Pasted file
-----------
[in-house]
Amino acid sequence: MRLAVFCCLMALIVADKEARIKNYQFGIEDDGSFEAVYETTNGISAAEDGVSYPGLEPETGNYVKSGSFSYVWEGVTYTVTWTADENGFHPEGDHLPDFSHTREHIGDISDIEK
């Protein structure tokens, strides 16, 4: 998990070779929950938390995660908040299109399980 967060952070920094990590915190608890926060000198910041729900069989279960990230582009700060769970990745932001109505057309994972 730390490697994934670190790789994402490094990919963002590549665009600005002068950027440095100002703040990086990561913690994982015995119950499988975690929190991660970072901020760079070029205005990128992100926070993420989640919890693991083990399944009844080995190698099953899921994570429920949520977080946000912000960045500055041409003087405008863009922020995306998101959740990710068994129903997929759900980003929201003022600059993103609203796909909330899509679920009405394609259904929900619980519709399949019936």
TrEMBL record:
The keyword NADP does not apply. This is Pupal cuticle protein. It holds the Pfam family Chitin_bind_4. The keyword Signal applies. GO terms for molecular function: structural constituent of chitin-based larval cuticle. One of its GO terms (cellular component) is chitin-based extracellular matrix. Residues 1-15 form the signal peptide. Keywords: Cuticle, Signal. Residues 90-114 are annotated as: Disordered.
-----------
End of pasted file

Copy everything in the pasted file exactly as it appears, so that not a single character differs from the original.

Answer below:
[in-house]
Amino acid sequence: MRLAVFCCLMALIVADKEARIKNYQFGIEDDGSFEAVYETTNGISAAEDGVSYPGLEPETGNYVKSGSFSYVWEGVTYTVTWTADENGFHPEGDHLPDFSHTREHIGDISDIEK
């Protein structure tokens, strides 16, 4: 998990070779929950938390995660908040299109399980 967060952070920094990590915190608890926060000198910041729900069989279960990230582009700060769970990745932001109505057309994972 730390490697994934670190790789994402490094990919963002590549665009600005002068950027440095100002703040990086990561913690994982015995119950499988975690929190991660970072901020760079070029205005990128992100926070993420989640919890693991083990399944009844080995190698099953899921994570429920949520977080946000912000960045500055041409003087405008863009922020995306998101959740990710068994129903997929759900980003929201003022600059993103609203796909909330899509679920009405394609259904929900619980519709399949019936």
TrEMBL record:
The keyword NADP does not apply. This is Pupal cuticle protein. It holds the Pfam family Chitin_bind_4. The keyword Signal applies. GO terms for molecular function: structural constituent of chitin-based larval cuticle. One of its GO terms (cellular component) is chitin-based extracellular matrix. Residues 1-15 form the signal peptide. Keywords: Cuticle, Signal. Residues 90-114 are annotated as: Disordered.